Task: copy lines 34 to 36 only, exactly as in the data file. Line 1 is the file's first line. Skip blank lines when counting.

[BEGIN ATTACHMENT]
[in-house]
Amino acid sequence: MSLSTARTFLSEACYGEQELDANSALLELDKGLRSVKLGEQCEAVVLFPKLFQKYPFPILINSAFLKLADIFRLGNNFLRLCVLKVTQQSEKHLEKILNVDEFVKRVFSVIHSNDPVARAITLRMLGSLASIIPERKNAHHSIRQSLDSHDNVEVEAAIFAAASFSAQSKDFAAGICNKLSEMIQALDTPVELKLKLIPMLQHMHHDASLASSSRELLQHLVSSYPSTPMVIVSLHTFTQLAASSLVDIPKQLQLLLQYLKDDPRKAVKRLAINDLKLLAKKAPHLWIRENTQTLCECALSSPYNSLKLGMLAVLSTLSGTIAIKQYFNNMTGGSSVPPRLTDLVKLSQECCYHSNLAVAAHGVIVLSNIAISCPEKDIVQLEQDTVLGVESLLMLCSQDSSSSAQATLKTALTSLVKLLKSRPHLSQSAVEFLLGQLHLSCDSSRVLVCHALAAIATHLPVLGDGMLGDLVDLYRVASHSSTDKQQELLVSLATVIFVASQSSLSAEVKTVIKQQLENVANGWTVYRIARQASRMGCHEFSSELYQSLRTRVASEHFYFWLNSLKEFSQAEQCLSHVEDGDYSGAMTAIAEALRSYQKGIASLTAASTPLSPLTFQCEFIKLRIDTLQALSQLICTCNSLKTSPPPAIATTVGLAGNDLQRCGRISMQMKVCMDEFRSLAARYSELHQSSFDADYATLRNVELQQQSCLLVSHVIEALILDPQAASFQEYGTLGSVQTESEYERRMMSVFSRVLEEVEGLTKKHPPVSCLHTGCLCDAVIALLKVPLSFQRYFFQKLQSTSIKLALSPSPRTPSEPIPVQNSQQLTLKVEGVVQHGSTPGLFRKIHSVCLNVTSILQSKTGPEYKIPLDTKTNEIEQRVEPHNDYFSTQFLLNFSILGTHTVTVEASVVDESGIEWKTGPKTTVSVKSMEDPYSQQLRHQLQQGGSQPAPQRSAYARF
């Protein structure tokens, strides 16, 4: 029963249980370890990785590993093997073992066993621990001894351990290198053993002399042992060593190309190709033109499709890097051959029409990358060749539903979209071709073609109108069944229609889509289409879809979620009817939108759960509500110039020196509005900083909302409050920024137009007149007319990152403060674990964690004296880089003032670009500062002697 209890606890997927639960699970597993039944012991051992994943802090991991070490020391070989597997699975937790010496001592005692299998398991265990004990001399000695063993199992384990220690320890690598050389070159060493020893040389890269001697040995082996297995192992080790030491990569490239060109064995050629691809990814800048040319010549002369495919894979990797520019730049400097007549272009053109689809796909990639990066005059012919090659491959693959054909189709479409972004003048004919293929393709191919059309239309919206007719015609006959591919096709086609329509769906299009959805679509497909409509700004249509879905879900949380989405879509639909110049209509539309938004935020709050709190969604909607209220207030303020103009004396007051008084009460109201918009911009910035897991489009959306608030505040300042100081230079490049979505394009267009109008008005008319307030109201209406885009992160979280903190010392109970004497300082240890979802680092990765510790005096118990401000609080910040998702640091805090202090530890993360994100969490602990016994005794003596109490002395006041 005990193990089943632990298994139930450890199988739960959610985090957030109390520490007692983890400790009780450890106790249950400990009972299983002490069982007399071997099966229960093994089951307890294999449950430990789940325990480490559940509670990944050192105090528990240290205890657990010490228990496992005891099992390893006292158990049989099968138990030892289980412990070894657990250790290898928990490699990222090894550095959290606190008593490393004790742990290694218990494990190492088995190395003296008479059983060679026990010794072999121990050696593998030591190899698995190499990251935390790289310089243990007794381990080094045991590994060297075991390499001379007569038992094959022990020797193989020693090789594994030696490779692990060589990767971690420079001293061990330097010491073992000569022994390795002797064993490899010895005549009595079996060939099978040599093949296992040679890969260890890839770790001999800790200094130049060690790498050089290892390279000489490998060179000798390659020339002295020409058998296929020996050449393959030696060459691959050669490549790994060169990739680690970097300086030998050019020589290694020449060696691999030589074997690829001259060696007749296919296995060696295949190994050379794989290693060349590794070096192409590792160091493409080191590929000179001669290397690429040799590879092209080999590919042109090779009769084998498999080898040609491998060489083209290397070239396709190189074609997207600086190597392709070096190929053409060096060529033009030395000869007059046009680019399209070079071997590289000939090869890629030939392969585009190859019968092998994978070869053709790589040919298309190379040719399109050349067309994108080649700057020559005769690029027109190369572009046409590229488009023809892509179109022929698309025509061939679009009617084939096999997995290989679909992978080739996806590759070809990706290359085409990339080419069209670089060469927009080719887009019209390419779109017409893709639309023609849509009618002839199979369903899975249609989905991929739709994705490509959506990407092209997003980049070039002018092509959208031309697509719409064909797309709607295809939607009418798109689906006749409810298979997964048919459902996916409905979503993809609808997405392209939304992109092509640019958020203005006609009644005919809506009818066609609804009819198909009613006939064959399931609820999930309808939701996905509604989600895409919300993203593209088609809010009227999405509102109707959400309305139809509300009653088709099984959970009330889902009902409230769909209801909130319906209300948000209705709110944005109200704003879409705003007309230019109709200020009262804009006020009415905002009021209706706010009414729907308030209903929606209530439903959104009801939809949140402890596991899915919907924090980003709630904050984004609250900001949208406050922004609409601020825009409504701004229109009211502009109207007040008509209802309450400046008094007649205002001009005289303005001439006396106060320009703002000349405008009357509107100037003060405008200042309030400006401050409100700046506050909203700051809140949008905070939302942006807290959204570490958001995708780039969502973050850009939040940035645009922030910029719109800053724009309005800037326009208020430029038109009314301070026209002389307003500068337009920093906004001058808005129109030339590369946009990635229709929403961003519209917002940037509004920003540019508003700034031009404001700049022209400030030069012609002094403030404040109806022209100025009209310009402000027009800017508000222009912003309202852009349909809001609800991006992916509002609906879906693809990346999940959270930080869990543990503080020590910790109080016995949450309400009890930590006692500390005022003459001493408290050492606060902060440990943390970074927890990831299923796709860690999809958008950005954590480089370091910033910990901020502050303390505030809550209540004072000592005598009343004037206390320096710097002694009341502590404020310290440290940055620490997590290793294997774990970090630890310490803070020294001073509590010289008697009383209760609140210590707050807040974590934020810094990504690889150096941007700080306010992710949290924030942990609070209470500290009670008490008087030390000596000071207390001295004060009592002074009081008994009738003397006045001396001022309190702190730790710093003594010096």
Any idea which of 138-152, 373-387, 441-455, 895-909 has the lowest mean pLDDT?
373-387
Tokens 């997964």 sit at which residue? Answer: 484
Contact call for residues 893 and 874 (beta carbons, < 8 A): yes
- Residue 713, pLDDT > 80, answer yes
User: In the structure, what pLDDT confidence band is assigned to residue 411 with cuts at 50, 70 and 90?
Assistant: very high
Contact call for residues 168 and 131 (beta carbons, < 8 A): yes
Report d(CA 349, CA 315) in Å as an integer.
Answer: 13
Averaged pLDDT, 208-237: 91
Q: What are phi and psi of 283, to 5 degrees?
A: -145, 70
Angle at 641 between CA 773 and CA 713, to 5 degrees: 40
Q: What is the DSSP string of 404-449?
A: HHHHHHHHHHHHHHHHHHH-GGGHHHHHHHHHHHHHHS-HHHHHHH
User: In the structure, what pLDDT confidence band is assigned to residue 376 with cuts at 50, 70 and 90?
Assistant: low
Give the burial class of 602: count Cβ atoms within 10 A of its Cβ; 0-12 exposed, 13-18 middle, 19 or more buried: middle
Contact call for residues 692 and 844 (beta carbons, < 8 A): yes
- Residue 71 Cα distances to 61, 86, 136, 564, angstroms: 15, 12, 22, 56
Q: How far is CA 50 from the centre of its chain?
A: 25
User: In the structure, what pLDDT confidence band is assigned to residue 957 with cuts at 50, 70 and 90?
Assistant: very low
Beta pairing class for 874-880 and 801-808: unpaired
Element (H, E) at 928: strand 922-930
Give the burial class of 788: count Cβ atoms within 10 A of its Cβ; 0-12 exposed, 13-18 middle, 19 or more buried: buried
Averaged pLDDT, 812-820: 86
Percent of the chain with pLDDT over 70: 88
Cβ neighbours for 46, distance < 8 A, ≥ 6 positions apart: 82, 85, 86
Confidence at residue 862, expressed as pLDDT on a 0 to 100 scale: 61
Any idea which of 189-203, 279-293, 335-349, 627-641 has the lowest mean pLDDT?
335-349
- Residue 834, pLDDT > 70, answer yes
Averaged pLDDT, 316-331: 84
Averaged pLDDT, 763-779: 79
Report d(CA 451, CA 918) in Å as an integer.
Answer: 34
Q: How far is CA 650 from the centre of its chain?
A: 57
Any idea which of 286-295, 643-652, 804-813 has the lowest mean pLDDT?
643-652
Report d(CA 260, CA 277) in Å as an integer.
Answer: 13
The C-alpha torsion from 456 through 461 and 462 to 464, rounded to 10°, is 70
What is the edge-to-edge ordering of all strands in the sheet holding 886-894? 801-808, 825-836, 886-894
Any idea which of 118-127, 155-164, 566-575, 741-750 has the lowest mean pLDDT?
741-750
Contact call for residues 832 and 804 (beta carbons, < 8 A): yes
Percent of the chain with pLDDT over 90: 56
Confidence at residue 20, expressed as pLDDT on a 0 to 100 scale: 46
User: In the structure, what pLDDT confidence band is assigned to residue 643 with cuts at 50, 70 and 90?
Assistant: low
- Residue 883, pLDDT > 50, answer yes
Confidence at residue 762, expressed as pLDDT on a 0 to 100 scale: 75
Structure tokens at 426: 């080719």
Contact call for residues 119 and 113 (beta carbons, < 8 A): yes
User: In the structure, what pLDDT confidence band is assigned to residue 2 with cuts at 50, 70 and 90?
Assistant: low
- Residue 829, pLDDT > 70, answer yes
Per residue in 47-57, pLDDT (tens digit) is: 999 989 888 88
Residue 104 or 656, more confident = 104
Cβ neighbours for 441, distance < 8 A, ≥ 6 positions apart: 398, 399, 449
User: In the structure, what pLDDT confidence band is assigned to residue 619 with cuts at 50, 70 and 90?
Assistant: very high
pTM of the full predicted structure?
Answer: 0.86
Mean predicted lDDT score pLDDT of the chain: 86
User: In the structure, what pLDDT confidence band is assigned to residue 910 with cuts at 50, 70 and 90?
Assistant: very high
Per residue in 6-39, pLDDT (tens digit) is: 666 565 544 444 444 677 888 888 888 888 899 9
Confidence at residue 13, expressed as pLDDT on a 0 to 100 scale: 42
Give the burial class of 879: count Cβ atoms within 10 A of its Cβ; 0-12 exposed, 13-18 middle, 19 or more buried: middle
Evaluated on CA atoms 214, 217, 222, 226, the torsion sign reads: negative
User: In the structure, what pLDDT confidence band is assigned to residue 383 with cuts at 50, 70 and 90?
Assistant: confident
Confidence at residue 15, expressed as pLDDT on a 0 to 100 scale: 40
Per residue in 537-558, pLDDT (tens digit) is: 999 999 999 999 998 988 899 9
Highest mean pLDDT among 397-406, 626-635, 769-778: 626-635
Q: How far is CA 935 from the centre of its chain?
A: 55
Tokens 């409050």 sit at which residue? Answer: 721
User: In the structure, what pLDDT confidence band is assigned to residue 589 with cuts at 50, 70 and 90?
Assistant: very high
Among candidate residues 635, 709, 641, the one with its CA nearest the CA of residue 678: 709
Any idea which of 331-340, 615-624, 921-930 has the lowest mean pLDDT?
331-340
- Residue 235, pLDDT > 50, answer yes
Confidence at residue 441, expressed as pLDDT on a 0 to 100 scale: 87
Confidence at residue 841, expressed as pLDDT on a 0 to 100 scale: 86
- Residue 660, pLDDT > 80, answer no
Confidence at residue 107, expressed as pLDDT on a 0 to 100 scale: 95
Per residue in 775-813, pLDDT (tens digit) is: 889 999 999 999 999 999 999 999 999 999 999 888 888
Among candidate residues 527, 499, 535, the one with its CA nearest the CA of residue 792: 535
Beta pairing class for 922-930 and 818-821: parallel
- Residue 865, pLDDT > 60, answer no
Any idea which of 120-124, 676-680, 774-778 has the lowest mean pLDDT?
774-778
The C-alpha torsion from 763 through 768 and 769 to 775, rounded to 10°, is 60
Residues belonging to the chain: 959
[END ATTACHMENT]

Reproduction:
Cβ neighbours for 46, distance < 8 A, ≥ 6 positions apart: 82, 85, 86
Confidence at residue 862, expressed as pLDDT on a 0 to 100 scale: 61
Any idea which of 189-203, 279-293, 335-349, 627-641 has the lowest mean pLDDT?